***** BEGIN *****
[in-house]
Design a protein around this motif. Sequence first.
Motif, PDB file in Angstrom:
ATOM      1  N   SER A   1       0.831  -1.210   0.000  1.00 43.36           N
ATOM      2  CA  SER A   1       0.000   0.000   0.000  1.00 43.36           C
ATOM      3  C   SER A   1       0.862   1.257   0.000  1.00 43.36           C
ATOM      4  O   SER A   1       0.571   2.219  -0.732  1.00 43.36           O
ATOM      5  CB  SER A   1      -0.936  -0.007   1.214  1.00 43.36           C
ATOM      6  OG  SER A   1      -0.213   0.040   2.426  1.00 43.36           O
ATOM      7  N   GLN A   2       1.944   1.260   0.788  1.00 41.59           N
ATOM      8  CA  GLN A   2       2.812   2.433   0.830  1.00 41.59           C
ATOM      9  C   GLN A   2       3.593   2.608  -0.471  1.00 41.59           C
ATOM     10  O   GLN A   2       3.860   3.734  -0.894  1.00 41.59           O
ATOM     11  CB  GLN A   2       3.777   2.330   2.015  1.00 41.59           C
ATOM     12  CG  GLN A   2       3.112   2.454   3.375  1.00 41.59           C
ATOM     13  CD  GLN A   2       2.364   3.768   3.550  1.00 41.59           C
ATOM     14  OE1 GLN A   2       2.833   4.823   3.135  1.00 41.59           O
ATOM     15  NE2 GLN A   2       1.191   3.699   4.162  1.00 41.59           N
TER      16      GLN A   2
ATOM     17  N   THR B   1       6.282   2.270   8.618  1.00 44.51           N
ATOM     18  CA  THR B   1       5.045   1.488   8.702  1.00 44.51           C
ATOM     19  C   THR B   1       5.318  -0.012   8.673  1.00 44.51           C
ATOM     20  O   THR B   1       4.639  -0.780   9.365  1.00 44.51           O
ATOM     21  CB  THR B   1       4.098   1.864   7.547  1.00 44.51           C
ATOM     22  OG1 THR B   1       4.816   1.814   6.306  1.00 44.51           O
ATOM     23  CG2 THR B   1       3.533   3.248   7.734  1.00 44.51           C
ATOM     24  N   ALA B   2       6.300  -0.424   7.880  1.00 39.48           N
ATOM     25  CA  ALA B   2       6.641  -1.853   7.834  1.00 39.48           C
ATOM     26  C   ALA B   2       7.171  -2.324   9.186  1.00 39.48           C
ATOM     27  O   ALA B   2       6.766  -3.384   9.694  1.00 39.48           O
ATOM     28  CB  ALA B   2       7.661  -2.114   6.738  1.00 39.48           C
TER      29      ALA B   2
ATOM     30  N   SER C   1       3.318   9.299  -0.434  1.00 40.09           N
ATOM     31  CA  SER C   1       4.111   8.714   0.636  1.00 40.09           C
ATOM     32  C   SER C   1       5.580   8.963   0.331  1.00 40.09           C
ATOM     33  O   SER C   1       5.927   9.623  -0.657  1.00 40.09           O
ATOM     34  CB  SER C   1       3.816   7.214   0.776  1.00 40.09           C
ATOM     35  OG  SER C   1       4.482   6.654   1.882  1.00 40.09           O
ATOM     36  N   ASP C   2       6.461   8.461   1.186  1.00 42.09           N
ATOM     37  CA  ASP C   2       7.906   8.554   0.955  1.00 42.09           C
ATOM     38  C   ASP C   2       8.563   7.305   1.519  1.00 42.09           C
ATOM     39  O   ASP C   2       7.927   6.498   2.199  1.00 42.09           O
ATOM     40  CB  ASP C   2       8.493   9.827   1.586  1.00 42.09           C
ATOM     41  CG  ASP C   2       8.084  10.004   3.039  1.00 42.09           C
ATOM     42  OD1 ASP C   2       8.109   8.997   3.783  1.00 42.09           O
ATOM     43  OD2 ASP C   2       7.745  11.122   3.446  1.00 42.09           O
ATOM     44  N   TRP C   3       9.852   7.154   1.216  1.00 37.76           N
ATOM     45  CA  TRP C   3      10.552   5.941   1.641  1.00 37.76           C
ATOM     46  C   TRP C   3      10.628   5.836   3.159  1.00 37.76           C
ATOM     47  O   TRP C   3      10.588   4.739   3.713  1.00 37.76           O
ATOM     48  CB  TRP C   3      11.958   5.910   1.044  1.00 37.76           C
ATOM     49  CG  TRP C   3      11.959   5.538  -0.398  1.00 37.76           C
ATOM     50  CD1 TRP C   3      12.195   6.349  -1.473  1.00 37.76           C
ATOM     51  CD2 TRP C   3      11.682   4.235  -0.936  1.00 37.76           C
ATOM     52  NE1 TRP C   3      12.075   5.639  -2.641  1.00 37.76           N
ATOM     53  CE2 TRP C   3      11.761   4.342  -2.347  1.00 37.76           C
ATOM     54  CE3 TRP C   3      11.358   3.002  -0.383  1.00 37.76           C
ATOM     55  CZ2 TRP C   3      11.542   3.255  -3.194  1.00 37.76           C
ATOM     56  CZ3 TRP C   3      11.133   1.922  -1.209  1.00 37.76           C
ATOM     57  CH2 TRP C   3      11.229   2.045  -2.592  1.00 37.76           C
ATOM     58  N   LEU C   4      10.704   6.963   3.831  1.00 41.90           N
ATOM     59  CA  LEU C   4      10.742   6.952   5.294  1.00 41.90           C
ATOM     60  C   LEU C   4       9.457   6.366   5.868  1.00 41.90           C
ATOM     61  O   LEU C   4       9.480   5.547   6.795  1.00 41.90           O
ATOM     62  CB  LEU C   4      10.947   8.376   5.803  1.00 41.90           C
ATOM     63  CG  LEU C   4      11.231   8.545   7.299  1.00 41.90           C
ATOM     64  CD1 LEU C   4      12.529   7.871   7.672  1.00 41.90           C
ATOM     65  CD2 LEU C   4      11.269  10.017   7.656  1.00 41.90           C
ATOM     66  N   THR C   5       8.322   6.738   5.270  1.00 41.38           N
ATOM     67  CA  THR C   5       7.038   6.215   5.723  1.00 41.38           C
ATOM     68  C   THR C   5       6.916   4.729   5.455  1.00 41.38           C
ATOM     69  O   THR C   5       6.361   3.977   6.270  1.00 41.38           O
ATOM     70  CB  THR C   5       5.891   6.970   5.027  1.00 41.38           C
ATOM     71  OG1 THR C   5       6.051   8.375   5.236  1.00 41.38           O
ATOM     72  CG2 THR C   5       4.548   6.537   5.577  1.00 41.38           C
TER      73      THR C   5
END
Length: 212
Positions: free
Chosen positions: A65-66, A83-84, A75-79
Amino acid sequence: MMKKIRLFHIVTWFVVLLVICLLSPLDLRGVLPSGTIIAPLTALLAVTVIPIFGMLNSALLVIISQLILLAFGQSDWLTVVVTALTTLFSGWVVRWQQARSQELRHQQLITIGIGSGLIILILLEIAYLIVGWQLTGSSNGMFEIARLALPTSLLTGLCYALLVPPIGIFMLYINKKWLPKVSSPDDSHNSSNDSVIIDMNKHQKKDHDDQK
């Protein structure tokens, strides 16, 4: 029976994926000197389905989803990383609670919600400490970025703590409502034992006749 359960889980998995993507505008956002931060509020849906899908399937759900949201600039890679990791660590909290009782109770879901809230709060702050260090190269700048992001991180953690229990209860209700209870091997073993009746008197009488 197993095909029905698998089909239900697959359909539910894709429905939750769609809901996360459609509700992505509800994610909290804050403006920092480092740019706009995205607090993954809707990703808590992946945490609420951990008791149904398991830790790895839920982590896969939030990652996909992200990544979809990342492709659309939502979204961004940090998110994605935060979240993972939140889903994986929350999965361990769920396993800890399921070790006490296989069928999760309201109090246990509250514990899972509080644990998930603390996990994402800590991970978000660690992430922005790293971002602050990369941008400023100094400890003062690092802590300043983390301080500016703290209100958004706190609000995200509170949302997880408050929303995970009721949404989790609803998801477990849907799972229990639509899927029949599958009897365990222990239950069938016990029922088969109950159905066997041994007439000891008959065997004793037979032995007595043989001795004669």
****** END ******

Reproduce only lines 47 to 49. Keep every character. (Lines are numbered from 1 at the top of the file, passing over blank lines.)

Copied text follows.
ATOM     44  N   TRP C   3       9.852   7.154   1.216  1.00 37.76           N
ATOM     45  CA  TRP C   3      10.552   5.941   1.641  1.00 37.76           C
ATOM     46  C   TRP C   3      10.628   5.836   3.159  1.00 37.76           C